BEAM can handle relatively large numbers of markers (e.g. 100,000 SNPs typed in 500 cases and 500 controls ^{13}) although, in practice, some modification to the default parameters (namely the BURN-IN PERIOD, number of starting points and number of MCMC iterations) may be required in order to apply the method in reasonable time. BEAM does not currently handle the 500,000 - 1 million markers that are now routinely being genotyped in genome scans of perhaps 5000 or more individuals. In theory, BEAM can account for LD between adjacent markers ^{13}. However, it is unclear whether LD between non-adjacent markers is fully accounted for, suggesting that some ‘thinning’ of the marker set may be required, not only for computational reasons, but also to ensure that the markers are in low LD. An example of applying BEAM to the WTCCC Crohn's data is shown in Figure 4.

The extent to which *statistical* interaction implies *biological* or *functional* interaction has been extensively debated in both the genetics ^{95}
^{21}
^{96}
^{97}
^{19}
^{98}
^{99} and epidemiological ^{100}
^{101}
^{102} literature. One problem has been the inherently different nature of definitions of interaction, and use of a common term, ‘epistasis’, to encapsulate these definitions ^{95}
^{21} (Supplementary Text S2). In a recent review, Phillips ^{20} defines three different forms of epistasis – COMPOSITIONAL, STATISTICAL and FUNCTIONAL – that capture rather different concepts often lumped together under this single term. A unified framework, the natural and orthogonal interactions (NOIA) model, was proposed by Alvarez-Castro and Carlborg for modelling both statistical and functional epistasis. However, Alvarez-Castro and Carlborg's definition of ‘functional’ seems rather far removed from that of Phillips. The NOIA model is actually a mathematical model that is essentially a reparameterization of classical quantitative genetics models ^{19} (Supplementary Text S2) that allows main effects to be defined with respect to a different reference point, and interaction effects to be defined with respect to different definitions of ‘independence’ of main effects, in order to allow mapping of models between different experimental populations. Since, in a sense, the whole issue in interaction modelling is how one defines the ‘effect’ of a variable, and therefore how one measures ‘departure’ from ‘independence’ of effects (Supplementary Text S2), this reparameterization does not seem especially biologically enlightening.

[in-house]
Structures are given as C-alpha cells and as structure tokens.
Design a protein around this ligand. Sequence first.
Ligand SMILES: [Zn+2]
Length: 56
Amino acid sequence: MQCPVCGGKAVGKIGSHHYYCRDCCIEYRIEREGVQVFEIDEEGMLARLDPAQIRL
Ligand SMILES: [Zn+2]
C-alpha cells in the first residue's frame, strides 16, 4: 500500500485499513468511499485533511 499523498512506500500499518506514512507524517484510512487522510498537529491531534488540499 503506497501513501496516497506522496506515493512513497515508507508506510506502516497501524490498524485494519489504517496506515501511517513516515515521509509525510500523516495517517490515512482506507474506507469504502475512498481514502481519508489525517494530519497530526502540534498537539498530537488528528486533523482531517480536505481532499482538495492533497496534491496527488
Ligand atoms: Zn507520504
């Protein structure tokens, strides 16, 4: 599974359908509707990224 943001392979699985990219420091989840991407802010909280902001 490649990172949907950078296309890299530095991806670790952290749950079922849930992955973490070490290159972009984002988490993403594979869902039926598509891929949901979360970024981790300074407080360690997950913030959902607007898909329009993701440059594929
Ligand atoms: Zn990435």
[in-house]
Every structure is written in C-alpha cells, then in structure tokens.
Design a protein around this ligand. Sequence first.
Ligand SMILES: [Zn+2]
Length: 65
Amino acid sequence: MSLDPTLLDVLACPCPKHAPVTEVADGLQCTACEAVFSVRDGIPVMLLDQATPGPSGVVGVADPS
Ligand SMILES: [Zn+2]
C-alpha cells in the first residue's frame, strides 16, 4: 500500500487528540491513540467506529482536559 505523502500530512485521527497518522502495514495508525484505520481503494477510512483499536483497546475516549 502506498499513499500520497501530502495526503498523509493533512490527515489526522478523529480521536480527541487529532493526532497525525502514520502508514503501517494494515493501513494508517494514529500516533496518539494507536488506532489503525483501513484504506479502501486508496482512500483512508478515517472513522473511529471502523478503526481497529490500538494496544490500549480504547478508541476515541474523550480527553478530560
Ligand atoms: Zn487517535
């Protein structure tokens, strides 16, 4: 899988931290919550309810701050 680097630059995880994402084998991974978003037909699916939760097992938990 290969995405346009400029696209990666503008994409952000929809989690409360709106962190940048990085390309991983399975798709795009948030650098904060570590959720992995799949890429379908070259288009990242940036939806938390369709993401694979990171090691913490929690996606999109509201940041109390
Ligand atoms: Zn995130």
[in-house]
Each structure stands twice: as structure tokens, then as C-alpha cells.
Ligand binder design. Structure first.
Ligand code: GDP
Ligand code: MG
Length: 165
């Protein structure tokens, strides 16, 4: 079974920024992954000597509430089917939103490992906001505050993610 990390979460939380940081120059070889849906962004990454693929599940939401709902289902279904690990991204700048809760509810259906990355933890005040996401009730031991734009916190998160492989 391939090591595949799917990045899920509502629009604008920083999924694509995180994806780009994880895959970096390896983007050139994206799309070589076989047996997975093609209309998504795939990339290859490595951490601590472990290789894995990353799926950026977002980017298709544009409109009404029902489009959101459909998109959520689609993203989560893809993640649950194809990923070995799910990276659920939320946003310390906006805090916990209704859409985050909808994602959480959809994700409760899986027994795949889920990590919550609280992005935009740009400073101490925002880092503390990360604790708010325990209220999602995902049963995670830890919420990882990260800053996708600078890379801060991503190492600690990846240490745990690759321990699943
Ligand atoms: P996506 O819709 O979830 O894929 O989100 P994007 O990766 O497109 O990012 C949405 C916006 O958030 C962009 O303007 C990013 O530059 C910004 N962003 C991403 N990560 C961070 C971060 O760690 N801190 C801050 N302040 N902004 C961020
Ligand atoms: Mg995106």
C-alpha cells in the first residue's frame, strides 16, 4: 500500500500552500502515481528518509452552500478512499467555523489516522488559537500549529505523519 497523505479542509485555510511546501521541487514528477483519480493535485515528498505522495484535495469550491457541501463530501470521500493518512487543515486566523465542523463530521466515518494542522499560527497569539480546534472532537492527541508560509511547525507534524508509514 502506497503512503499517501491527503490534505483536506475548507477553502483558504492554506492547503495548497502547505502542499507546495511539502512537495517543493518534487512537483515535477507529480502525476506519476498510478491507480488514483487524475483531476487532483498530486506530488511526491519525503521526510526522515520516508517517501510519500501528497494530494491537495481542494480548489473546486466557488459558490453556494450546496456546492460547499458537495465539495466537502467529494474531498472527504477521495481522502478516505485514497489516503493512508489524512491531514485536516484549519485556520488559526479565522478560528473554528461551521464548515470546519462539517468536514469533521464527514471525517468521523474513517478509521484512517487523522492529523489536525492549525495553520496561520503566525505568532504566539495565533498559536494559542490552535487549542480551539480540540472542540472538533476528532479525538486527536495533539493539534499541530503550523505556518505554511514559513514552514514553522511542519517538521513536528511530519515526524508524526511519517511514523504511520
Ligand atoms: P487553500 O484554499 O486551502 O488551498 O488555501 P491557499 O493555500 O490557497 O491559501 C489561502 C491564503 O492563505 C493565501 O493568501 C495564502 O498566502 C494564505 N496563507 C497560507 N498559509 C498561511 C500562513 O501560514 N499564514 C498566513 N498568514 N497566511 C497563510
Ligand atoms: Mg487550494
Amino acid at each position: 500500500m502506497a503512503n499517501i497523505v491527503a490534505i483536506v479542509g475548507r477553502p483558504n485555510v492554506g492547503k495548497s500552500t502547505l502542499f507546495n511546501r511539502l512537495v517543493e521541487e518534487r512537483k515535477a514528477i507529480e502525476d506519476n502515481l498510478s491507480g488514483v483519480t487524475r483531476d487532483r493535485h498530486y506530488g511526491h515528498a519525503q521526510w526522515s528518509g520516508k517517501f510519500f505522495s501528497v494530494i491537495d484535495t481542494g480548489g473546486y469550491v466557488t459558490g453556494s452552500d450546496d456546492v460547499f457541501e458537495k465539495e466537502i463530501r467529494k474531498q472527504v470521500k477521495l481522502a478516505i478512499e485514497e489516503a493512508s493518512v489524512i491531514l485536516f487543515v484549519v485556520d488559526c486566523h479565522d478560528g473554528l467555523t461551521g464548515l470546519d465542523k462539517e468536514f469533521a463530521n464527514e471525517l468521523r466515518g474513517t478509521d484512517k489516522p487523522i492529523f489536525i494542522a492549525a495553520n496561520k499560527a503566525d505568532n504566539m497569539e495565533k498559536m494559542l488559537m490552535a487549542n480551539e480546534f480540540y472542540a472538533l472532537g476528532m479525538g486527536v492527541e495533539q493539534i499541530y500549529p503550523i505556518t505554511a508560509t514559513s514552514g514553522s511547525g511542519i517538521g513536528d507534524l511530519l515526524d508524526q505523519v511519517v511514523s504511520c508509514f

Although it seems reasonable to assume that functional epistasis in the form of biomolecular or protein-protein interaction is a ubiquitous component of the underlying biological pathways determining disease progression ^{103}
^{7}, it does not follow that it will be detected as a mathematical or statistical interaction ^{102}
^{104} - particularly if the variables being examined are, as in many cases, simply surrogates for the true underlying causal variants, correlated with these variants because of LD. The historical lack of success in genetic studies of complex disease can largely be attributed, not to ignored biological interactions ^{6}
^{61}
^{7}, but rather to under-powered studies that surveyed only a fraction of genetic variation; the recent success of GWA studies ^{1}
^{2}
^{3}
^{4}
^{5} has demonstrated that single-locus association analysis in sufficiently large sample collections can detect modest genetic effects reliably and with robust replication ^{105}
^{106}.

Although the extent to which biological interaction can be inferred from statistical interaction may be limited ^{102}, some interesting recent work ^{107}
^{108}
^{109} has focussed on whether, given a strong prior biological model (or set of models), one can use genetic and/or genomic data from outbred populations or inbred strains, to assess model fit and compare the fit of competing models. This is, in a sense, a more modest goal in that it relies on some prior understanding (or at least a strong biological hypothesis) concerning the action of the relevant predictors.